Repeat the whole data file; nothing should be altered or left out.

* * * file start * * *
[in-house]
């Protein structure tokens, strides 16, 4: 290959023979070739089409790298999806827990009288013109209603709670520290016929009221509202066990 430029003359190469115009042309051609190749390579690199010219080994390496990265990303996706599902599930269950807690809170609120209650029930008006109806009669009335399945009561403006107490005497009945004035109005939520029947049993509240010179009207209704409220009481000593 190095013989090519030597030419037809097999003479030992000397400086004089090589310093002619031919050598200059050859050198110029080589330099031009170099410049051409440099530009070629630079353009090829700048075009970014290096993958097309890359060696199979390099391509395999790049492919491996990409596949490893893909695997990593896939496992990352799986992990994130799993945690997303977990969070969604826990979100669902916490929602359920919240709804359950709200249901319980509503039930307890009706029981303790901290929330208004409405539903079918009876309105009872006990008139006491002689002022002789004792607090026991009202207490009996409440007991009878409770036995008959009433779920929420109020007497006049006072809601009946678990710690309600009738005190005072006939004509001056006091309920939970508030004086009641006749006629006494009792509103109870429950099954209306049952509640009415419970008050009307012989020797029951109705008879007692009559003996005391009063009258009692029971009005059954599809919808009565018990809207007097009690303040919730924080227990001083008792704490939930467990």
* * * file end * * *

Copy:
[in-house]
């Protein structure tokens, strides 16, 4: 290959023979070739089409790298999806827990009288013109209603709670520290016929009221509202066990 430029003359190469115009042309051609190749390579690199010219080994390496990265990303996706599902599930269950807690809170609120209650029930008006109806009669009335399945009561403006107490005497009945004035109005939520029947049993509240010179009207209704409220009481000593 190095013989090519030597030419037809097999003479030992000397400086004089090589310093002619031919050598200059050859050198110029080589330099031009170099410049051409440099530009070629630079353009090829700048075009970014290096993958097309890359060696199979390099391509395999790049492919491996990409596949490893893909695997990593896939496992990352799986992990994130799993945690997303977990969070969604826990979100669902916490929602359920919240709804359950709200249901319980509503039930307890009706029981303790901290929330208004409405539903079918009876309105009872006990008139006491002689002022002789004792607090026991009202207490009996409440007991009878409770036995008959009433779920929420109020007497006049006072809601009946678990710690309600009738005190005072006939004509001056006091309920939970508030004086009641006749006629006494009792509103109870429950099954209306049952509640009415419970008050009307012989020797029951109705008879007692009559003996005391009063009258009692029971009005059954599809919808009565018990809207007097009690303040919730924080227990001083008792704490939930467990």